Italian Colonialism MCMXXX-MCMLX
The detailed research that underpins this book makes it no longer possible to claim that after 1945 there was an absolute and traumatic silence concerning Italy’s colonial occupation of North and East Africa. However, the abiding public use of this history confirms the existence of an extremely selective and codified memory of that past.
The author shows that colonial discourse persisted in historiography, newspapers, newsreels and film. Popular culture appears intertwined with political and economic interests and the power inscribed in elite and scientific knowledge. While readdressing the often mistaken historical time line that ignores that actual Italian colonial ties did not end with the fall of Fascism, but in 1960 with Somalia becoming independent, this book suggests that a new post Fascist Italian identity was the crucial issue in reappraisals of a national colonial past.
1. Cinema: A Question of Total Silence? 79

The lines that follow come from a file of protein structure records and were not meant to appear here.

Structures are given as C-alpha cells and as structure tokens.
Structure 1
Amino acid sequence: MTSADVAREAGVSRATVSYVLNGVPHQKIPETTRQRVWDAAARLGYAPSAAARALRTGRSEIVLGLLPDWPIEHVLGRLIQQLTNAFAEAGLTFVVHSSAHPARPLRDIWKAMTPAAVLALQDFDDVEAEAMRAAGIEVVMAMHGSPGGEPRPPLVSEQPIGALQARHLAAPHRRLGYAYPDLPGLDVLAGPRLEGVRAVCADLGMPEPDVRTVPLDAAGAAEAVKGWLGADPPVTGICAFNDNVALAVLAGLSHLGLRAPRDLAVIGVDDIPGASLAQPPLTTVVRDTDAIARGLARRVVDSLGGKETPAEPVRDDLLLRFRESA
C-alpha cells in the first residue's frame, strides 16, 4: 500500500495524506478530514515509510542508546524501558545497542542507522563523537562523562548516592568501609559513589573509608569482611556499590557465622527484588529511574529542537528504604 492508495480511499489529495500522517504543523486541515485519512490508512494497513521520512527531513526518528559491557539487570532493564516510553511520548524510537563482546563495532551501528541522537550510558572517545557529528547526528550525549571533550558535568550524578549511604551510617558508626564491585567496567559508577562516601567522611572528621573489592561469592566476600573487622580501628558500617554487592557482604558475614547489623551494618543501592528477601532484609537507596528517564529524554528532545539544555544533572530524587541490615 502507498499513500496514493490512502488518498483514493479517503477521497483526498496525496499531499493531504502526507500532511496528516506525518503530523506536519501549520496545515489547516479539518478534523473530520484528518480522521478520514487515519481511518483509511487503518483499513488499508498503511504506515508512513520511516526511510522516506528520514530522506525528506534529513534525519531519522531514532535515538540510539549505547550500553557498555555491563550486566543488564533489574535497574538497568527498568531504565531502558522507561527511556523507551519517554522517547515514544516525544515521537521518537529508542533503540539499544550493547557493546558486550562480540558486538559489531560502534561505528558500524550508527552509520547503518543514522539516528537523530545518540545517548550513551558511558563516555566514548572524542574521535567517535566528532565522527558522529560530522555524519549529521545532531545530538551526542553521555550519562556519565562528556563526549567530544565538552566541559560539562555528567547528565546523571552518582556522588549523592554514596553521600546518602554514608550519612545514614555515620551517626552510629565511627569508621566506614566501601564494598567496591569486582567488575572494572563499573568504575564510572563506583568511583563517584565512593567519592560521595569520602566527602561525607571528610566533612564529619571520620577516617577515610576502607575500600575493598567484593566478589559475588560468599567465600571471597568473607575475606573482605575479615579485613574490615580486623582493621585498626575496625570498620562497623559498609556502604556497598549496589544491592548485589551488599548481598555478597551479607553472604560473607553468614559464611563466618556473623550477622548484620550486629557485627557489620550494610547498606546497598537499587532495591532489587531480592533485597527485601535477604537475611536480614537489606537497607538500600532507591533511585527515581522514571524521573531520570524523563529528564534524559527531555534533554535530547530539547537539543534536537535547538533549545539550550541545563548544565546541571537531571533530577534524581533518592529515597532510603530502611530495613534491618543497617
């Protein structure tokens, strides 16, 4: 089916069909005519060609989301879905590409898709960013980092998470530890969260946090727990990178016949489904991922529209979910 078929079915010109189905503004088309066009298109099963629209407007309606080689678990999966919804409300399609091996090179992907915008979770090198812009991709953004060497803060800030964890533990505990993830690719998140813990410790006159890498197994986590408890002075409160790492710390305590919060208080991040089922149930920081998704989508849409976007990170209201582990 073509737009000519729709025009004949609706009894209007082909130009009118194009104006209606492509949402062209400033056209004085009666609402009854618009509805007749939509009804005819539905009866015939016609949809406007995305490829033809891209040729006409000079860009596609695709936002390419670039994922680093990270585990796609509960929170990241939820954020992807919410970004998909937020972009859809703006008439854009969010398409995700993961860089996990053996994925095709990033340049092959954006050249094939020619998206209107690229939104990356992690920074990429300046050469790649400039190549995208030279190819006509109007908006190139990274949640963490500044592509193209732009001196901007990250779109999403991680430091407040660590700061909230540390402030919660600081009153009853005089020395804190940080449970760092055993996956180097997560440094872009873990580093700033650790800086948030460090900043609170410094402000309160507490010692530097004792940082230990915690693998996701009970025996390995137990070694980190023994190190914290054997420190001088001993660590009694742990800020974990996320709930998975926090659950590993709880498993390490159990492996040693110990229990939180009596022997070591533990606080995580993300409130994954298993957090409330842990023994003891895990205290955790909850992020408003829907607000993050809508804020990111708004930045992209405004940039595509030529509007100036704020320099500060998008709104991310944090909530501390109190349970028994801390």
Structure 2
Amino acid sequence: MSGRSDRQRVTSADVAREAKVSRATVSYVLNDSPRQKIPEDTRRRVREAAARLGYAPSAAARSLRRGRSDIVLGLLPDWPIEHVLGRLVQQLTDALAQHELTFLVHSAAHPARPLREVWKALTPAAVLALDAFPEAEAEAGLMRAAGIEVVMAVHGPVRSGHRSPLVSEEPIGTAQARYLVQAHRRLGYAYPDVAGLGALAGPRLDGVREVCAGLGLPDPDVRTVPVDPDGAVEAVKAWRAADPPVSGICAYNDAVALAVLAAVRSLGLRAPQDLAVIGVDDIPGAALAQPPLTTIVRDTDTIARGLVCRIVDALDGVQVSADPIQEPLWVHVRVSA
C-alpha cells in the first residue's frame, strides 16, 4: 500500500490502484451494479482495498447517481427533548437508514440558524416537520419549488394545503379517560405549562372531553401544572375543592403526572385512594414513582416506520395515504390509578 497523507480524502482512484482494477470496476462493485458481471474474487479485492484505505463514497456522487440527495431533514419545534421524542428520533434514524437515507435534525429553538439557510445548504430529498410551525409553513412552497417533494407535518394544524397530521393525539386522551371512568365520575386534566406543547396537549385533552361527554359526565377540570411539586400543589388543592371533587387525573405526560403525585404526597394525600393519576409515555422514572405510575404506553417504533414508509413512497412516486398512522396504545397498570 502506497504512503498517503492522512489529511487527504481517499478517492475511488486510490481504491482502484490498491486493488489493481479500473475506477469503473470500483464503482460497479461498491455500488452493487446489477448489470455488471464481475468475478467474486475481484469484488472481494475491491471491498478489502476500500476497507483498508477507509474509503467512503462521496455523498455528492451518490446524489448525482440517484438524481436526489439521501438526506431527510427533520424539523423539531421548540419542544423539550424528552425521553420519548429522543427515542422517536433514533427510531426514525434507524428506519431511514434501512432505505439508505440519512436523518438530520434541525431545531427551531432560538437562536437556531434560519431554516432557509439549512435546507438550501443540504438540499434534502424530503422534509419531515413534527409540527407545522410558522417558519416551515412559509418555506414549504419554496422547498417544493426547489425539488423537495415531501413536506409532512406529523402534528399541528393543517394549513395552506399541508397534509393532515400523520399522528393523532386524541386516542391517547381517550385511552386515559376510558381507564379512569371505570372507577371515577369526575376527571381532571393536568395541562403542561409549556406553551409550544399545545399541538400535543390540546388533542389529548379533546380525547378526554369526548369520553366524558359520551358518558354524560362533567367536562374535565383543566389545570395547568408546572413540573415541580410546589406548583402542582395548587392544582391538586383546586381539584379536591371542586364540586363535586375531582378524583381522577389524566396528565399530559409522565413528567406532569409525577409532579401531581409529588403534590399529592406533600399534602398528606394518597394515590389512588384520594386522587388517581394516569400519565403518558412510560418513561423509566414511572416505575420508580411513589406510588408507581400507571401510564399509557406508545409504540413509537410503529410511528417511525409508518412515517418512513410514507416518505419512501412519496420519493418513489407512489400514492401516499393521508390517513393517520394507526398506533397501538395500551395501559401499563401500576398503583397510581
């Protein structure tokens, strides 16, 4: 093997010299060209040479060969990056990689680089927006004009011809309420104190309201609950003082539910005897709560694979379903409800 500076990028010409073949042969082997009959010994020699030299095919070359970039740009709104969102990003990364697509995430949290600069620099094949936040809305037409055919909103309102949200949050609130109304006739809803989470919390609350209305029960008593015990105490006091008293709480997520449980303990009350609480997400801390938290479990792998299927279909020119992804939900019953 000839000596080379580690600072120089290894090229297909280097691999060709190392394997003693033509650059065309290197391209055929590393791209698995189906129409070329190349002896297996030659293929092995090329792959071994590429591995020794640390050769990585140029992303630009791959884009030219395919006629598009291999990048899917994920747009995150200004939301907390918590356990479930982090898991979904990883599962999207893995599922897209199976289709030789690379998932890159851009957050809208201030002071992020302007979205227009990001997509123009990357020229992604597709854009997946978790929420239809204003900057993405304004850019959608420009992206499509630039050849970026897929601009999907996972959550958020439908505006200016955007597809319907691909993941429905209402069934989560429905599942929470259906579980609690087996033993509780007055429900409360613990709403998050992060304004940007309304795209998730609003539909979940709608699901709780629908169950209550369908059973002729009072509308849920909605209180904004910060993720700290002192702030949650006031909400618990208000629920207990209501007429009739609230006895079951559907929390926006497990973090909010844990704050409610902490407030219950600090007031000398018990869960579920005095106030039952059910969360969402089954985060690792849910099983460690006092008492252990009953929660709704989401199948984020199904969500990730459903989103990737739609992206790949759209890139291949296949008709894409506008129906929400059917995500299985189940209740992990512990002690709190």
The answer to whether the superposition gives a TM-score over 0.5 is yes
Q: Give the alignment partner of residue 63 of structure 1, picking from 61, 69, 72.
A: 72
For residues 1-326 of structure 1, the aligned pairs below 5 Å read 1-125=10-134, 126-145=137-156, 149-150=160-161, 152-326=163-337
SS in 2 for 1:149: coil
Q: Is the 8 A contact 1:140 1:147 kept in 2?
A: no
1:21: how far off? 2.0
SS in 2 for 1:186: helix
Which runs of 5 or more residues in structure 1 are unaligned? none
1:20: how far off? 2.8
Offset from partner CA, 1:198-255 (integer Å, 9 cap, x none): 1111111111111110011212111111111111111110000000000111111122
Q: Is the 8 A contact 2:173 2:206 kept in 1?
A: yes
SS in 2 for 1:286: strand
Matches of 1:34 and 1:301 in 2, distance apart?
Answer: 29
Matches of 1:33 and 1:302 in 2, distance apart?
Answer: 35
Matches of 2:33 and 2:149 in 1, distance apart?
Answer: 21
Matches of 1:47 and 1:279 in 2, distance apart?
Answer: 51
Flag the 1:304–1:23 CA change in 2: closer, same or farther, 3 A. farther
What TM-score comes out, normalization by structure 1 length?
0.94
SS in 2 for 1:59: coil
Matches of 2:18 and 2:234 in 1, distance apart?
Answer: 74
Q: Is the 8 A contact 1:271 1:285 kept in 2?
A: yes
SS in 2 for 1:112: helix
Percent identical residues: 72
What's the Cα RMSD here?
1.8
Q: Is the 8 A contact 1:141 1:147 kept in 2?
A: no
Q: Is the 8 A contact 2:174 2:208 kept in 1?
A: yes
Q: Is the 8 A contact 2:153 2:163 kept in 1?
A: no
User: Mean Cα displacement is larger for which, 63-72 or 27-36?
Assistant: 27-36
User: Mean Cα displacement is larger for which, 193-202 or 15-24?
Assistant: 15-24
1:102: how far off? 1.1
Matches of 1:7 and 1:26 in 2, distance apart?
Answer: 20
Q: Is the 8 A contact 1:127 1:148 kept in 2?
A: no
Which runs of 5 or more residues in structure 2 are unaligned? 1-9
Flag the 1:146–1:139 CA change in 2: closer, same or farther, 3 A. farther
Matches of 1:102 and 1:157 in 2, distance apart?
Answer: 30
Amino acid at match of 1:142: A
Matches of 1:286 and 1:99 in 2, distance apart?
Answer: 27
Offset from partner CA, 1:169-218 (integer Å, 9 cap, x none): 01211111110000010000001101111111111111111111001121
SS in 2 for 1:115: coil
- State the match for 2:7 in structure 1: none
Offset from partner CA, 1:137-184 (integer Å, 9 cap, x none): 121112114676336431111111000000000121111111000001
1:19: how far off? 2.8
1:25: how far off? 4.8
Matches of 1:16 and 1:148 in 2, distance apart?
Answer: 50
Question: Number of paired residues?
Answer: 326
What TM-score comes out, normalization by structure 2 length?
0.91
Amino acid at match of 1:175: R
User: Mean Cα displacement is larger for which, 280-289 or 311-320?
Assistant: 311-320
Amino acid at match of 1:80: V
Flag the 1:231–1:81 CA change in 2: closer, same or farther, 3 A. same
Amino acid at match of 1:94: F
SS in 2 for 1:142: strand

Chapter 1 Cinema: a Question of Total Silence? It was silence that firstly set on the African endeavour and then its nearly entire memory was removed, more so than for other aspects of life under Fascism. Too modest and actually insignificant the [cinemato- graphic] production of the postwar period and the direct or indirect memory of the African enterprise… neither writers nor men of cinema, as if on a common pact, have wanted to elaborate stories with the back- drop of the epic conquest of the Empire. Gian Piero Brunetta9 Similarly to the following chapter on the periodical press, this section will challenge the authoritative voice of scholars whose work has extensively dealt with the subject of this book. Following examinations of different cultural fields in the postwar period these authors arrived at extremely similar conclusions. Gian Piero Brunetta, Karen Pinkus and Nicola Labanca share a concern with the absence of a critical appraisal of an important part of national history and both implicitly show the existence of a demonisation, beginning in the mid-forties, of the entire Italian African enterprise as Fascist. They postulate that this demonisation was accompanied by a total lack of concern for the Italian colonial experience and the complete absence of cultural products that might revive it as a haunting and uncomfortable presence. The filmography collected at the end of the book challenges the basis of this claim. From 1945 to 1966 at least a couple of dozen new movies were made in Italy that dealt...
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